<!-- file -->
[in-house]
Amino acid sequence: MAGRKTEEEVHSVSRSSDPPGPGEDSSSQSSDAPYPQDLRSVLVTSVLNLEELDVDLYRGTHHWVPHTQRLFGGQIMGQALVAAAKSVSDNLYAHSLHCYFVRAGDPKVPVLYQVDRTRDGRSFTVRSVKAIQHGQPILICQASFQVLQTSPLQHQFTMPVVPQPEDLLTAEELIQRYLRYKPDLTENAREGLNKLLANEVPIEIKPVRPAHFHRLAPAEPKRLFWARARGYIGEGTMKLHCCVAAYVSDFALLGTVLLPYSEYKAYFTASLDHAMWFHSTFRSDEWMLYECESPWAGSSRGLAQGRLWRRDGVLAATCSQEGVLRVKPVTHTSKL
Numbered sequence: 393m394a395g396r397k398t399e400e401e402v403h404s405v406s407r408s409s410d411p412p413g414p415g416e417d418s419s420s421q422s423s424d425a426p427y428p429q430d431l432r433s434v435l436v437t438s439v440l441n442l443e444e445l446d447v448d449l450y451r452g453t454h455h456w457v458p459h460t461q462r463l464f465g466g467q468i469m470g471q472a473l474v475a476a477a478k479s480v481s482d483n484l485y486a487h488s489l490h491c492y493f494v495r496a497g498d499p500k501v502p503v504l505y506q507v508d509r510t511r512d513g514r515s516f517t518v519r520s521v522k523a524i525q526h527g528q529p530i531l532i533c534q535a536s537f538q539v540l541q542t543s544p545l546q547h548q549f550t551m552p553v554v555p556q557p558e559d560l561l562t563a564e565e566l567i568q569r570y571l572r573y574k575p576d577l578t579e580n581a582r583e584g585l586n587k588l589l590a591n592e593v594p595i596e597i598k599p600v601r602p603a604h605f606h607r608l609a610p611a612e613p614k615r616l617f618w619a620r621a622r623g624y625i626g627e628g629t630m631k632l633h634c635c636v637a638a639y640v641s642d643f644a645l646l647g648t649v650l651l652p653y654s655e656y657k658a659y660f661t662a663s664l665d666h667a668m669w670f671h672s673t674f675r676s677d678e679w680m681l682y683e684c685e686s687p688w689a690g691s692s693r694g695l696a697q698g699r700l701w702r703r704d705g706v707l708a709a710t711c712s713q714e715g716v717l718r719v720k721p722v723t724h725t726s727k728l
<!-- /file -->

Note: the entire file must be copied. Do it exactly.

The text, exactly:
[in-house]
Amino acid sequence: MAGRKTEEEVHSVSRSSDPPGPGEDSSSQSSDAPYPQDLRSVLVTSVLNLEELDVDLYRGTHHWVPHTQRLFGGQIMGQALVAAAKSVSDNLYAHSLHCYFVRAGDPKVPVLYQVDRTRDGRSFTVRSVKAIQHGQPILICQASFQVLQTSPLQHQFTMPVVPQPEDLLTAEELIQRYLRYKPDLTENAREGLNKLLANEVPIEIKPVRPAHFHRLAPAEPKRLFWARARGYIGEGTMKLHCCVAAYVSDFALLGTVLLPYSEYKAYFTASLDHAMWFHSTFRSDEWMLYECESPWAGSSRGLAQGRLWRRDGVLAATCSQEGVLRVKPVTHTSKL
Numbered sequence: 393m394a395g396r397k398t399e400e401e402v403h404s405v406s407r408s409s410d411p412p413g414p415g416e417d418s419s420s421q422s423s424d425a426p427y428p429q430d431l432r433s434v435l436v437t438s439v440l441n442l443e444e445l446d447v448d449l450y451r452g453t454h455h456w457v458p459h460t461q462r463l464f465g466g467q468i469m470g471q472a473l474v475a476a477a478k479s480v481s482d483n484l485y486a487h488s489l490h491c492y493f494v495r496a497g498d499p500k501v502p503v504l505y506q507v508d509r510t511r512d513g514r515s516f517t518v519r520s521v522k523a524i525q526h527g528q529p530i531l532i533c534q535a536s537f538q539v540l541q542t543s544p545l546q547h548q549f550t551m552p553v554v555p556q557p558e559d560l561l562t563a564e565e566l567i568q569r570y571l572r573y574k575p576d577l578t579e580n581a582r583e584g585l586n587k588l589l590a591n592e593v594p595i596e597i598k599p600v601r602p603a604h605f606h607r608l609a610p611a612e613p614k615r616l617f618w619a620r621a622r623g624y625i626g627e628g629t630m631k632l633h634c635c636v637a638a639y640v641s642d643f644a645l646l647g648t649v650l651l652p653y654s655e656y657k658a659y660f661t662a663s664l665d666h667a668m669w670f671h672s673t674f675r676s677d678e679w680m681l682y683e684c685e686s687p688w689a690g691s692s693r694g695l696a697q698g699r700l701w702r703r704d705g706v707l708a709a710t711c712s713q714e715g716v717l718r719v720k721p722v723t724h725t726s727k728l